If you think NFL studio shows are full of laughs, pats and guffaws — some of them even sincere — you should listen to a Zoom conference call with the different personalities from the various rights-holding networks.
There were a few times in the past week when CBS and NBC promoted their coverage plans for the NFL season 2021 that I almost had to keep my eyes off rolling. I think I moaned audibly on the 15th or so “Inside the NFL” key, Julian Edelman, jokingly referring to colleague Phil Simms as “Mr. Simms ”because, you see. . . well, I actually do not know why. I might have banged my head against my filing cabinet when he finally explained it.
Fortunately, there is some informative broadcast information and testimonials for me from Zooms. Here is a selection:
Jim Nantz, who has called on the spot along with Tony Romo and Tracy Wolfson from the Chiefs-Browns game in Week 1, said it is underestimated how much of an impact the absence of personal interaction affected broadcasts last season.
“Our team made 21 games last year and we did not eat a meal together, including the Super Bowl,” Nantz said. “Absolutely zero socialization. That’s a big thing. Honestly, it’s a bigger deal than being able to meet with the players and coaches in person again. I’ve never met Tony in person in five months.
“The nuance of the broadcast is what comes out of the time you spend with people on the broadcast. Discusses things face to face over a dinner, over a production meeting in person. Last year we sat in our rooms, our meals were delivered to our door, and we did nothing but insulate. I’m excited to get to know this team again, because it’s a great group of people, and it’s going to make the show better. ”
· Fred Gaudelli has been producing NFL shows in prime time for 32 years and has won 24 Emmy Awards, suffice it to say he has pretty good control over what works on an NFL show.
So it was interesting to hear him assert some contempt for the cinematic “superficial depth of field” look that gives a broadcast a distinct video game feel.
“Call me old-fashioned,” said Gaudelli, who has been producing “Sunday Night Football” since 2006, “but I just like shots that are in focus, and I think one of the problems with that camera is sometimes the subject. “will go out of focus and the background will come into focus. Not to blow up other people’s shows, but it’s just not consistent enough and it does not match the look of the other cameras.”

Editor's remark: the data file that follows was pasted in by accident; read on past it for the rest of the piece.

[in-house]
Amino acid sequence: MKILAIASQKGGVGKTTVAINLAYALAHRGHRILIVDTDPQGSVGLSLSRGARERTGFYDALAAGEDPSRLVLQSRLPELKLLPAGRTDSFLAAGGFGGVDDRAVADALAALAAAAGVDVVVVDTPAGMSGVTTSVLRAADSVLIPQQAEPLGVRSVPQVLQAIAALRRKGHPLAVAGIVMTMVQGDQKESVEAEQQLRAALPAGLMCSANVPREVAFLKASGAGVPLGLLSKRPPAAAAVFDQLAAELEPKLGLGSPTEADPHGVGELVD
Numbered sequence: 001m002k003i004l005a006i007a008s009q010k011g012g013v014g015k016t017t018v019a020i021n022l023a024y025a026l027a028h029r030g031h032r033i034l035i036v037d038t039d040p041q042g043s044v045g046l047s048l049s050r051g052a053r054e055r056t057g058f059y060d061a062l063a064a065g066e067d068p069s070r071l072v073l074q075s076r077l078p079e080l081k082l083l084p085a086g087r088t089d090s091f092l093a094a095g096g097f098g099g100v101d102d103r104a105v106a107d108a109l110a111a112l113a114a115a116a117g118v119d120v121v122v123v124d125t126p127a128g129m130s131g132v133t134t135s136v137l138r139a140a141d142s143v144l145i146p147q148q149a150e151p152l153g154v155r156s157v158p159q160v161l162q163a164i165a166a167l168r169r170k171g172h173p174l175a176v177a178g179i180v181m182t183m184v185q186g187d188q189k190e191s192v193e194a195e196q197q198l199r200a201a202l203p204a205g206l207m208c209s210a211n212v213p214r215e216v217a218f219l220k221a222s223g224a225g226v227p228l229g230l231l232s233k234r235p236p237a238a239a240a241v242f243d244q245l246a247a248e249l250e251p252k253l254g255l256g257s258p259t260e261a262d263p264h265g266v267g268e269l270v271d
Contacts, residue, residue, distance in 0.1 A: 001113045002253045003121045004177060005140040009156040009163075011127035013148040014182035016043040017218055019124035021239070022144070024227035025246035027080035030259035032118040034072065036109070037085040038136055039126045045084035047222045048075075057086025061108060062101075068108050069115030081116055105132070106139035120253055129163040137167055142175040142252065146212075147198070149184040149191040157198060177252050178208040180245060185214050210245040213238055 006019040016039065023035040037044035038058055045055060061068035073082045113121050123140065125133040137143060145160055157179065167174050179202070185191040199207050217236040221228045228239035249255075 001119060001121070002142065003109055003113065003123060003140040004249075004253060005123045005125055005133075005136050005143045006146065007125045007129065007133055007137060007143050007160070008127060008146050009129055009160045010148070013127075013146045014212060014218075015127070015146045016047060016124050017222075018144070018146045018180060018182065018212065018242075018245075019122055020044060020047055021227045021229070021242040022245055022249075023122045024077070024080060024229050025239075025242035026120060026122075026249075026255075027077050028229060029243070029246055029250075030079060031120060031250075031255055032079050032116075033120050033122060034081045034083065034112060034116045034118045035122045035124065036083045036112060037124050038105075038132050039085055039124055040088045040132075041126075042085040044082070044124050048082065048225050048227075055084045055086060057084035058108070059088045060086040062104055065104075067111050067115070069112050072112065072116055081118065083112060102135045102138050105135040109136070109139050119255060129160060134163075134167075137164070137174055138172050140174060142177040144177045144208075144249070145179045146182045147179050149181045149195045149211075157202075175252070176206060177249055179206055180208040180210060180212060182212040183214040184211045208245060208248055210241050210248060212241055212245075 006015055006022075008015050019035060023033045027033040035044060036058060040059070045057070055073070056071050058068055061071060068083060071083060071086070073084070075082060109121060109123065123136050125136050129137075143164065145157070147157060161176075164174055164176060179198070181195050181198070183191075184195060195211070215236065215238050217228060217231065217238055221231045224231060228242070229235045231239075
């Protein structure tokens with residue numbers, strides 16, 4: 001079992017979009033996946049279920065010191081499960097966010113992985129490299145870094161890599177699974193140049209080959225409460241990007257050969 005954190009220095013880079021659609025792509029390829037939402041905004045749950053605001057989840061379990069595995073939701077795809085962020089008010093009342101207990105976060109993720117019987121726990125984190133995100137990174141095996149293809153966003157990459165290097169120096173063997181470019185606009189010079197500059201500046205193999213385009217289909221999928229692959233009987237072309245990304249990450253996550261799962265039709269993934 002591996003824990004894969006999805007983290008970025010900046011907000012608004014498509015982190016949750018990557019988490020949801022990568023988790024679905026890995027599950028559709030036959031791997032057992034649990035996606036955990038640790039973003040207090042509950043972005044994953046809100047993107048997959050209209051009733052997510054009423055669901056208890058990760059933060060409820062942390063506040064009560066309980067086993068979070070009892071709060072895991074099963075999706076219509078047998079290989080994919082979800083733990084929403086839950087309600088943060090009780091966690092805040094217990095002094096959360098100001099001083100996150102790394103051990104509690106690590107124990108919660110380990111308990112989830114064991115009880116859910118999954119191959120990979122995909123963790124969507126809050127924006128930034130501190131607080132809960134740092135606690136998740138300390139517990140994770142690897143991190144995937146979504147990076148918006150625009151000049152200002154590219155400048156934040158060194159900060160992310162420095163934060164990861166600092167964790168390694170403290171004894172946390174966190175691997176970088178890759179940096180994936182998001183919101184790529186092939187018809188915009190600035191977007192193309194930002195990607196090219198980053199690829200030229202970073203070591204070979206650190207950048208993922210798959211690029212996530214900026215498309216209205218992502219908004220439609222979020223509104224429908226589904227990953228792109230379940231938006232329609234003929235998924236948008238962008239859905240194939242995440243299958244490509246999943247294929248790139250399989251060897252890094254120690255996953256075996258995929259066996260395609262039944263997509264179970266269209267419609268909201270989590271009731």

· CBS Sports President Sean McManus said the network’s NFL broadcast team will be on site this season, solely adjusting to the pandemic needed.
“There is no way you can argue with announcing that teams sit as well in the studio as they sit live [at the venue]. It is cost effective [to have them in studio], but it’s not incredibly cost effective.
“What you basically do is save [travel and expenses] for the advertising team, the statistician and the spotter. I do not consider it a wholesale change in our industry. I think it will be done relatively few times, and far between. We have no plans to do so in our NFL schedule in the coming year. ”
· There has been some speculation in media circles that this will be Al Michael’s last season of “Sunday Night Football”, but the 76-year-old legend, who still calls a good game, said he has not made a decision yet.
“I do not know what the future holds, and that is the truth,” Michaels said. “I mean, as we go through the season and we get to the end of it, I think there will be a little more clarity, see how I feel about certain things. But all I know is that I just want to do this, which is year 36 for me in best football, the best, and then we’ll see what happens. ”
NBC has the Super Bowl LVI broadcast this season, so theoretically it could be his last game.
· Rodney Harrison begins his 13th season as part of the “Football Night in America” broadcast team, but for the first time, the former Patriots’ safety will not be in the studio. Instead, he will be the on-site analyst before and after the game alongside host Jac Collinsworth. That means Harrison will be in Foxborough for NBC’s Week 4 broadcast of the Patriots-Buccaneers matchup.
Harrison, for the record, is already a believer in Patriots rookie quarterback Mac Jones: “I think when I see him play, I sometimes sit back and say, what if the zero on his [No. 10] sweater was a 2? Then he would look like Tom Brady. He would look like a young Tom Brady. The fact that they had so much faith in him early on, to put him in a noise, to give him different things, their violation was never limited to Mac Jones. ”
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